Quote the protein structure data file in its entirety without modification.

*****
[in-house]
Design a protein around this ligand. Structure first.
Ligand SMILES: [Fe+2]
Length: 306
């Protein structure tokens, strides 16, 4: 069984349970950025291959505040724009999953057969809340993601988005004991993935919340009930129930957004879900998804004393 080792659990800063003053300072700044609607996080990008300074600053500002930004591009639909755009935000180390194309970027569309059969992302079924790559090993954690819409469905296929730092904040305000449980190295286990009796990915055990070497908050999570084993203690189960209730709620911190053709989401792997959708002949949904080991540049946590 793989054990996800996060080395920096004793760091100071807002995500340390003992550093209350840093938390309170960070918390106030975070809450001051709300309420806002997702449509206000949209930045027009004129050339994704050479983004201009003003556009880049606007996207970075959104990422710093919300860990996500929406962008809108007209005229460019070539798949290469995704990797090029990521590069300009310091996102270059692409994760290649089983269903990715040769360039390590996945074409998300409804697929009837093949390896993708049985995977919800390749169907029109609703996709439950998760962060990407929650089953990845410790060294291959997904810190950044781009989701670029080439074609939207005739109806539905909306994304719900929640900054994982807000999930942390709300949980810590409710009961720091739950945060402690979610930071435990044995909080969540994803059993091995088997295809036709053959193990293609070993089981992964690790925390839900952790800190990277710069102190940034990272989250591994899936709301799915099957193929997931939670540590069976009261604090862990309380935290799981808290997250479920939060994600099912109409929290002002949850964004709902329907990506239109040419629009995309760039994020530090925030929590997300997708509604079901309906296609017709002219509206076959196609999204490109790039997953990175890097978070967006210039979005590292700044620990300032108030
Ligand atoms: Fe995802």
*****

[in-house]
Design a protein around this ligand. Structure first.
Ligand SMILES: [Fe+2]
Length: 306
């Protein structure tokens, strides 16, 4: 069984349970950025291959505040724009999953057969809340993601988005004991993935919340009930129930957004879900998804004393 080792659990800063003053300072700044609607996080990008300074600053500002930004591009639909755009935000180390194309970027569309059969992302079924790559090993954690819409469905296929730092904040305000449980190295286990009796990915055990070497908050999570084993203690189960209730709620911190053709989401792997959708002949949904080991540049946590 793989054990996800996060080395920096004793760091100071807002995500340390003992550093209350840093938390309170960070918390106030975070809450001051709300309420806002997702449509206000949209930045027009004129050339994704050479983004201009003003556009880049606007996207970075959104990422710093919300860990996500929406962008809108007209005229460019070539798949290469995704990797090029990521590069300009310091996102270059692409994760290649089983269903990715040769360039390590996945074409998300409804697929009837093949390896993708049985995977919800390749169907029109609703996709439950998760962060990407929650089953990845410790060294291959997904810190950044781009989701670029080439074609939207005739109806539905909306994304719900929640900054994982807000999930942390709300949980810590409710009961720091739950945060402690979610930071435990044995909080969540994803059993091995088997295809036709053959193990293609070993089981992964690790925390839900952790800190990277710069102190940034990272989250591994899936709301799915099957193929997931939670540590069976009261604090862990309380935290799981808290997250479920939060994600099912109409929290002002949850964004709902329907990506239109040419629009995309760039994020530090925030929590997300997708509604079901309906296609017709002219509206076959196609999204490109790039997953990175890097978070967006210039979005590292700044620990300032108030
Ligand atoms: Fe995802």